TALLADEGA, ALABAMA - JUNE 22: Bubba Wallace, driver of the #43 Victory Junction Chevrolet, gives a thumbs up prior to the NASCAR Cup Series GEICO 500 at Talladega Superspeedway on June 22, 2020 in Talladega, Alabama. A noose was found in the garage stall of NASCAR driver Bubba Wallace at Talladega Superspeedway a week after the organization banned the Confederate flag at its facilities. (Photo by Chris Graythen/Getty Images)
TALLADEGA, ALABAMA - JUNE 22: Bubba Wallace, driver of the #43 Victory Junction Chevrolet, gives a thumbs up prior to the NASCAR Cup Series GEICO 500 at Talladega Superspeedway on June 22, 2020 in Talladega, Alabama. A noose was found in the garage stall of NASCAR driver Bubba Wallace at Talladega Superspeedway a week after the organization banned the Confederate flag at its facilities. (Photo by Chris Graythen/Getty Images)

Bubba Wallace: A Golden Opportunity

It’s worth remembering that Hamlin — regarded by many as NASCAR’s greatest driver without a Cup Series championship — entered 2021 chasing an unprecedented third straight Daytona 500 victory. Hamlin’s superspeedway racing résumé is up there with luminaries such as Dale Earnhardt, Dale Earnhardt Jr., Richard Petty and Jeff Gordon.

Even more than Wallace, Hamlin can’t make excuses if his Gibbs-owned No. 11 Toyota comes out of the gate struggling. It’s why his attention has to alternate between JGR — the race team he drives for — and 23XI, the team he co-owns.

“Once the season starts, my focus has to shift in most ways to my current race team, but I’m still going to be available (for 23XI Racing),” Hamlin said. “Once we get to Daytona, it’s up to Bubba on the track and up to ‘Wheels’ to build fast cars. I’m going to be a soundboard there with the association we have with Joe Gibbs Racing. I couldn’t emphasize enough to (Wallace) how important it’ll be to be in meetings with (Gibbs drivers) Martin Truex Jr., Kyle Busch and Christopher Bell.

“The process of building this team, it has been so fun for me to see it grow.”

It couldn’t grow without sponsors, so there’s plenty of incentive for Hamlin to remain heavily involved and for Wallace and Wheeler to get the job done on Sundays. Having a slew of companies wanting to plaster their name on Wallace’s car and fire suit, Hamlin said, makes developing a team budget much easier.

This set of sponsors and this race team, however, are linked in a much deeper way than most any other organization and any partner in motorsports.

Bubba Wallace sporting merchandise from the 23XI Racing team.

They’ve taken up the task of influencing positive social change, a concept and strategy that has never been high on NASCAR’s radar. Whether it should or shouldn’t be a priority for the sport can be discussed ad nauseam, but what’s not up for debate is this: Wallace, Hamlin, Jordan and their sponsors want to make as big of an impact off the track as on it.

In order to do so, they’ve got to be unafraid of starting the conversation.

“A lot has happened in the last year or so and it shows where we need to go as a generation and as a nation to not make it to where (social issues like racial injustice) are such an ‘Ooh, I don’t want to touch that’ (situation),” Wallace said. “These conversations need to be had. That’s the problem: People don’t want to talk about it if they think it doesn’t affect them.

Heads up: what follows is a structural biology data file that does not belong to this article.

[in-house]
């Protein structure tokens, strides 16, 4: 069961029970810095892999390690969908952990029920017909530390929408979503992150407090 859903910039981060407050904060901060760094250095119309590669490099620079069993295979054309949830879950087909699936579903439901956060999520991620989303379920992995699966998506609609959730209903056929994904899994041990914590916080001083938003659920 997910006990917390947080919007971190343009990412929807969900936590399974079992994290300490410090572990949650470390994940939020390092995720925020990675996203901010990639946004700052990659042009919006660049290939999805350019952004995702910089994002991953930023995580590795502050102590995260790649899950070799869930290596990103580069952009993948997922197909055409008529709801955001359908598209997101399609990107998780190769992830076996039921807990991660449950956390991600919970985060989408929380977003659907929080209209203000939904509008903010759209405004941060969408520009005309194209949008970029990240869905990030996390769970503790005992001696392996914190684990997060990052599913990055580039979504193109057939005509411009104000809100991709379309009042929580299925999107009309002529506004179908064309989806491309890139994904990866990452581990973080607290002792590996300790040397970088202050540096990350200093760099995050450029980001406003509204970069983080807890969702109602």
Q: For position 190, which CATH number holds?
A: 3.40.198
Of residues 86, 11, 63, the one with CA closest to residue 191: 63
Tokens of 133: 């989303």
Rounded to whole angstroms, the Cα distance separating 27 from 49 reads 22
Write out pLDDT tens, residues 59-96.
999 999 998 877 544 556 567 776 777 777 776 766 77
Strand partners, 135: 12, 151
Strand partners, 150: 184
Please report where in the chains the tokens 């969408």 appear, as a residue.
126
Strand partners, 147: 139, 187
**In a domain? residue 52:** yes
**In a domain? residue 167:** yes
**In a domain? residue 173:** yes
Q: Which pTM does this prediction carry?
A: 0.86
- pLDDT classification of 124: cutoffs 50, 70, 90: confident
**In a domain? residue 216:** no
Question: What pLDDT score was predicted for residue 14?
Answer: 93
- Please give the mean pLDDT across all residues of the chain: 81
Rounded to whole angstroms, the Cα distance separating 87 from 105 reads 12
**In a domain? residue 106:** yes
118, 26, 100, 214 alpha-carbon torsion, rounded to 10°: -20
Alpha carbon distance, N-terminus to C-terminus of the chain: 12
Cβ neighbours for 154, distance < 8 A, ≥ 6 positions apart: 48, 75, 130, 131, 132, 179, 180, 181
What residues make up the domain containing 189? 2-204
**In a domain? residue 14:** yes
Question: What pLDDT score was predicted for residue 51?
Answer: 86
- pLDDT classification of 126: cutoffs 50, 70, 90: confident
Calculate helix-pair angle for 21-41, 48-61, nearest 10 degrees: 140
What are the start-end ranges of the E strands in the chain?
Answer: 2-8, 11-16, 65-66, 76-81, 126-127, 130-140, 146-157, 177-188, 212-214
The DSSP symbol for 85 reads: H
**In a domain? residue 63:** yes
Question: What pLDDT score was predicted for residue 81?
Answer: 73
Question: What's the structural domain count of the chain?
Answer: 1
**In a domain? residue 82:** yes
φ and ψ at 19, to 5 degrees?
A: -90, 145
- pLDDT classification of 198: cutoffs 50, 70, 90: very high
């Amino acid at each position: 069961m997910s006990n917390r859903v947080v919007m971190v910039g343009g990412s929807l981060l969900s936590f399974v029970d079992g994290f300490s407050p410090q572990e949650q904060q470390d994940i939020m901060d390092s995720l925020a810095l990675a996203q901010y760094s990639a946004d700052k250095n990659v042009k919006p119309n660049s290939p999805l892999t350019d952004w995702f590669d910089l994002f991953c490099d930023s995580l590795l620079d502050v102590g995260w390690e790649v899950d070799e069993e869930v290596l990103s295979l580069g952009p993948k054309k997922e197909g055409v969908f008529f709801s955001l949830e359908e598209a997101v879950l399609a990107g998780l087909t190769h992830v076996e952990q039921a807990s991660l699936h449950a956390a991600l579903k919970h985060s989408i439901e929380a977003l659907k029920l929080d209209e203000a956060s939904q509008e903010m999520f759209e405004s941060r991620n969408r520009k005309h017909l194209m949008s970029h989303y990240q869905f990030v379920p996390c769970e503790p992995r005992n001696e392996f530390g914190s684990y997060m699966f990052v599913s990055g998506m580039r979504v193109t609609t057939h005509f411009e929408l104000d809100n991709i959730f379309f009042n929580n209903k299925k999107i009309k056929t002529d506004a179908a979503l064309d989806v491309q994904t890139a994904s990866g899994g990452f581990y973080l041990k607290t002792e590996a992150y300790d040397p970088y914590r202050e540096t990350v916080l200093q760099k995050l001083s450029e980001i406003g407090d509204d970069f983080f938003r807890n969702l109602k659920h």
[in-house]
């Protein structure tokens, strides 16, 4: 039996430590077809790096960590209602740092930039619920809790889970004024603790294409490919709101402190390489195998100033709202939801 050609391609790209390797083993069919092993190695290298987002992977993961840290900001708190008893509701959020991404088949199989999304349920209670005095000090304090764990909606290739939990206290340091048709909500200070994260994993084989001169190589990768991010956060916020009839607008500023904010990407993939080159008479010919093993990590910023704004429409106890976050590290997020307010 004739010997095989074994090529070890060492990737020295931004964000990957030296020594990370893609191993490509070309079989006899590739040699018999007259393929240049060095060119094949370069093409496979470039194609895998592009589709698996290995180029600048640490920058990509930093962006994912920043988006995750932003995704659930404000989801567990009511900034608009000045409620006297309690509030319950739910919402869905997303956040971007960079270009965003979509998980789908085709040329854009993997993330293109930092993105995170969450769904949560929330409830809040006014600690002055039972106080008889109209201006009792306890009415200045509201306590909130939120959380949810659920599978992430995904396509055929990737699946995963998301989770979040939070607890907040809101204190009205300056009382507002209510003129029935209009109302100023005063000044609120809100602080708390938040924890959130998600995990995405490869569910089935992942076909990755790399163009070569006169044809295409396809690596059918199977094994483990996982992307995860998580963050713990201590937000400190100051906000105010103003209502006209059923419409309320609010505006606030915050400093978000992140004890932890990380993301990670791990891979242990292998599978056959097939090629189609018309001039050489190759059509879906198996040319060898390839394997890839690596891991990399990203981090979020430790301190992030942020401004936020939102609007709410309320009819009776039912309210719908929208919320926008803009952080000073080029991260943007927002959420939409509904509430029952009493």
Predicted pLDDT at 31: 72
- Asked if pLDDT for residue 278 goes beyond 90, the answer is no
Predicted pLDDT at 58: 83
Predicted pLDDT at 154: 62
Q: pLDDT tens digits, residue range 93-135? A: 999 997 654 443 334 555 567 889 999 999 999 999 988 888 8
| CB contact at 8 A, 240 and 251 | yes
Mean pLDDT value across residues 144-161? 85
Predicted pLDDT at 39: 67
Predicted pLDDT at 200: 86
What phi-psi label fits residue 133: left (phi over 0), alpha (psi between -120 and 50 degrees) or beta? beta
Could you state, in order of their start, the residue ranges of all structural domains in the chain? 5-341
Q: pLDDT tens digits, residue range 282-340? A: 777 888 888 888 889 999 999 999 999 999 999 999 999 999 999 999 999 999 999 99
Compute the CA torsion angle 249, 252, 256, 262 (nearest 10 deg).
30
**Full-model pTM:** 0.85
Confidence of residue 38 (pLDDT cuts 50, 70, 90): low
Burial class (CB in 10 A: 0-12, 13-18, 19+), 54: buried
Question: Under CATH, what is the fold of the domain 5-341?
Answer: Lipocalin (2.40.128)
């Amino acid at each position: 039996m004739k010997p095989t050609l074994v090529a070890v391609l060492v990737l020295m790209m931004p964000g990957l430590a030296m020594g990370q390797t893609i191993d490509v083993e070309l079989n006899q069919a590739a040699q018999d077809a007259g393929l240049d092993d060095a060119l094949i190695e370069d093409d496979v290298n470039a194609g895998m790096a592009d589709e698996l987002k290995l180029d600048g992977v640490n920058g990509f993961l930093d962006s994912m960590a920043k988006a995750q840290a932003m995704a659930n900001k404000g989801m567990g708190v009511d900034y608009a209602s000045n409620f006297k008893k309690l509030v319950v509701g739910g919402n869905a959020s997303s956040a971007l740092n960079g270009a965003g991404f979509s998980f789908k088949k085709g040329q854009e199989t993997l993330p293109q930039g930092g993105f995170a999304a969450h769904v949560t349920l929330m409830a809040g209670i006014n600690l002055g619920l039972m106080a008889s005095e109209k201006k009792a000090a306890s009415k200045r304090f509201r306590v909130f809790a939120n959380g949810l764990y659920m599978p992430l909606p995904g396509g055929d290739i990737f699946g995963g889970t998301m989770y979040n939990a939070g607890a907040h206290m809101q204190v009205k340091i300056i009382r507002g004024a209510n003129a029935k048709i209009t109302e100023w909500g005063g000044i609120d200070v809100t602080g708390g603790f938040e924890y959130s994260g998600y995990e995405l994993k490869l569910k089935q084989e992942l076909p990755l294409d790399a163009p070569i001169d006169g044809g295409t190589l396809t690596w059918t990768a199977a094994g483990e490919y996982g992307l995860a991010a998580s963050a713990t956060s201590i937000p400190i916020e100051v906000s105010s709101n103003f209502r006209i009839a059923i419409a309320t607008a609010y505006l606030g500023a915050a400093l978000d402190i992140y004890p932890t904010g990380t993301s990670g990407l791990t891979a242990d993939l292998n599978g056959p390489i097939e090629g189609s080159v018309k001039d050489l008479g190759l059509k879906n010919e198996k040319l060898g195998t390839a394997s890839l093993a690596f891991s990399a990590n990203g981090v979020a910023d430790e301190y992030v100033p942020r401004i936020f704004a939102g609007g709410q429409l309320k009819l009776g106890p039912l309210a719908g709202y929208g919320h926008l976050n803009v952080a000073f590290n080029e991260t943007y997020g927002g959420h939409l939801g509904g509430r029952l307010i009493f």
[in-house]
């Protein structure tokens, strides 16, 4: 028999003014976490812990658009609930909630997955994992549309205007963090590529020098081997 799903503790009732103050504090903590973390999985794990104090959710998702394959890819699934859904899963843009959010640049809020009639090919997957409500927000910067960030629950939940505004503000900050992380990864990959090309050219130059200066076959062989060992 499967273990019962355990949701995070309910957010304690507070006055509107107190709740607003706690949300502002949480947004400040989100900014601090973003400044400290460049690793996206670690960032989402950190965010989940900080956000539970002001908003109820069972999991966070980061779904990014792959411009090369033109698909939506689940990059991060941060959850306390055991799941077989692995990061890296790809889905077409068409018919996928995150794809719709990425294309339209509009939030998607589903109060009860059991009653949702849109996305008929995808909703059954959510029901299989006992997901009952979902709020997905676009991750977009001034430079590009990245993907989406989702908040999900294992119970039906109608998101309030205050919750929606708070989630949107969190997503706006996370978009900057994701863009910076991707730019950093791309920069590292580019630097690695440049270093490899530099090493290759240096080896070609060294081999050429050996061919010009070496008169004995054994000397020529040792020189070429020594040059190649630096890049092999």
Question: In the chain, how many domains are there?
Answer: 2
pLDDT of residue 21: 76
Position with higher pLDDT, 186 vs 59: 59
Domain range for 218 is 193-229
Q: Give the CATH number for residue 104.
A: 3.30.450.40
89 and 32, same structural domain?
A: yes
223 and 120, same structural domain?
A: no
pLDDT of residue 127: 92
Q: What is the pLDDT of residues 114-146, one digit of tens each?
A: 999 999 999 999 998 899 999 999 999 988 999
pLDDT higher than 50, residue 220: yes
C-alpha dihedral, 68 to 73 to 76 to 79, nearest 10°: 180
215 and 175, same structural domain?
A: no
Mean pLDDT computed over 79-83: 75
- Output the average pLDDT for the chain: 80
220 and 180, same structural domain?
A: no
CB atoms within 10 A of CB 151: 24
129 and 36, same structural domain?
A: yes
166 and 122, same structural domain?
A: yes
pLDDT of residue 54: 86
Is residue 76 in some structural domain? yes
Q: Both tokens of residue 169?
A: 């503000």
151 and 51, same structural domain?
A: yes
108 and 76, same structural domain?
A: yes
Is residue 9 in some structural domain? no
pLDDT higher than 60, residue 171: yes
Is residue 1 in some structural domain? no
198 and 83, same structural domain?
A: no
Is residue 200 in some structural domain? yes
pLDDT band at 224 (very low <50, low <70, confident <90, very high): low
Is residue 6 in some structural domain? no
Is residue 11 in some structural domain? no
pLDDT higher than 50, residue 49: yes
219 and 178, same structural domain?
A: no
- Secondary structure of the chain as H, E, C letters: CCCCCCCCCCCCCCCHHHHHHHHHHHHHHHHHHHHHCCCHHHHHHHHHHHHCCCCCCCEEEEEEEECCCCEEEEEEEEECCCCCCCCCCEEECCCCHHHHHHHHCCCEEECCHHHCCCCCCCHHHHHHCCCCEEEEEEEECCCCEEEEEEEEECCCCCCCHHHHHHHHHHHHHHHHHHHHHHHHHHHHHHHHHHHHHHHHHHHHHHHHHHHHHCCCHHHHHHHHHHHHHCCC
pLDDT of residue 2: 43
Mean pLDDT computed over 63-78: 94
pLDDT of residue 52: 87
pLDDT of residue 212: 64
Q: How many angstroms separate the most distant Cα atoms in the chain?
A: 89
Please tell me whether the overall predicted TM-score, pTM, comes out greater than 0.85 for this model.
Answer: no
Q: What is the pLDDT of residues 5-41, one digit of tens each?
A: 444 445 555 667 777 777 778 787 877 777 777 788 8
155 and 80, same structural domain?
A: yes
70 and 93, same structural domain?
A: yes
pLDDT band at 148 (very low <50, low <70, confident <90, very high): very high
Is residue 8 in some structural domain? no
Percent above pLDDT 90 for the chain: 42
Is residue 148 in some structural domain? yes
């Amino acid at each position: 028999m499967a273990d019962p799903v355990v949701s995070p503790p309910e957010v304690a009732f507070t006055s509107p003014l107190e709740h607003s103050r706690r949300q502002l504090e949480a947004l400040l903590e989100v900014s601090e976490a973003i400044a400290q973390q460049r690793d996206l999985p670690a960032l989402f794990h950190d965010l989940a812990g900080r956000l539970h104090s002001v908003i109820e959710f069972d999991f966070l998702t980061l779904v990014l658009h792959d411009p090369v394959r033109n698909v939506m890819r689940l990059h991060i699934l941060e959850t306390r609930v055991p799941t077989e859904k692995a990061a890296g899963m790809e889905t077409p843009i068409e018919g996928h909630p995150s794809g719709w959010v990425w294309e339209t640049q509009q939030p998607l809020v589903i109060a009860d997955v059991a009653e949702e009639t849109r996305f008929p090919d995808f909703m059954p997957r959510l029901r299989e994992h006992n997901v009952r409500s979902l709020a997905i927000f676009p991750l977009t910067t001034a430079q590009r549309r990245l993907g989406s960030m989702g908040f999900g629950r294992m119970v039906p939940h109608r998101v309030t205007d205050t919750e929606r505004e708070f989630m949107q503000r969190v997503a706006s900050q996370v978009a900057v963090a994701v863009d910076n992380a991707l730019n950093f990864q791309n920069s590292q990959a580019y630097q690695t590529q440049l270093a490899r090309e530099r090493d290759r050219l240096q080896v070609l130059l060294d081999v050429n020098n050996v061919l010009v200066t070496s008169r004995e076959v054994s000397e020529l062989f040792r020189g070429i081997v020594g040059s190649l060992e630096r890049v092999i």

“We should want to step up and make sure that our brothers and sisters are looked out for. That’s what Root, McDonald’s, Dr. Pepper, Columbia, DoorDash, everybody, that’s what they want. These (sponsorship) conversations were started with ‘How can we make this bigger off the race track?’”

For his part, Hamlin wants to be actively engaged in re-shaping NASCAR’s identity into one promoting greater inclusivity for drivers, crew members, media, fans and sponsors of all backgrounds.

“I have a lot of catching up to do (on social issues),” Hamlin said. “Bubba’s speaking on real-life times he’s had in his life, and maybe Michael as well. I can’t speak to that because I didn’t live that way and I didn’t have to go through the struggles they had to go through, so for me, it’s something I’ve had to educate myself on. To be supportive, I need to be educated and my process on that will continue for months.”

While Hamlin strikes a balance between boss and employee, Wallace will spend his year striking a balance between successful racing driver and successful social change advocate.

His plan?

“Doing the hands-on work to make sure we’re making a better impact and making this a better place to be for the next generation,” Wallace said. “It’s going to be a lot of fun and a lot of work, but I think that’s what we all need. We need to be motivated and pushed to work to do the right thing. It’s been really cool to see (sponsors) sticking with me and following me through this journey. It kind of came about during the chaotic months of (last) year. … Sponsors want a leader. They want someone who can be a role model to young people. They call it ‘sponsorships,’ but these are really more of a partnership. We’re working together.

“I can’t wait. I’m ready to get started right now.”

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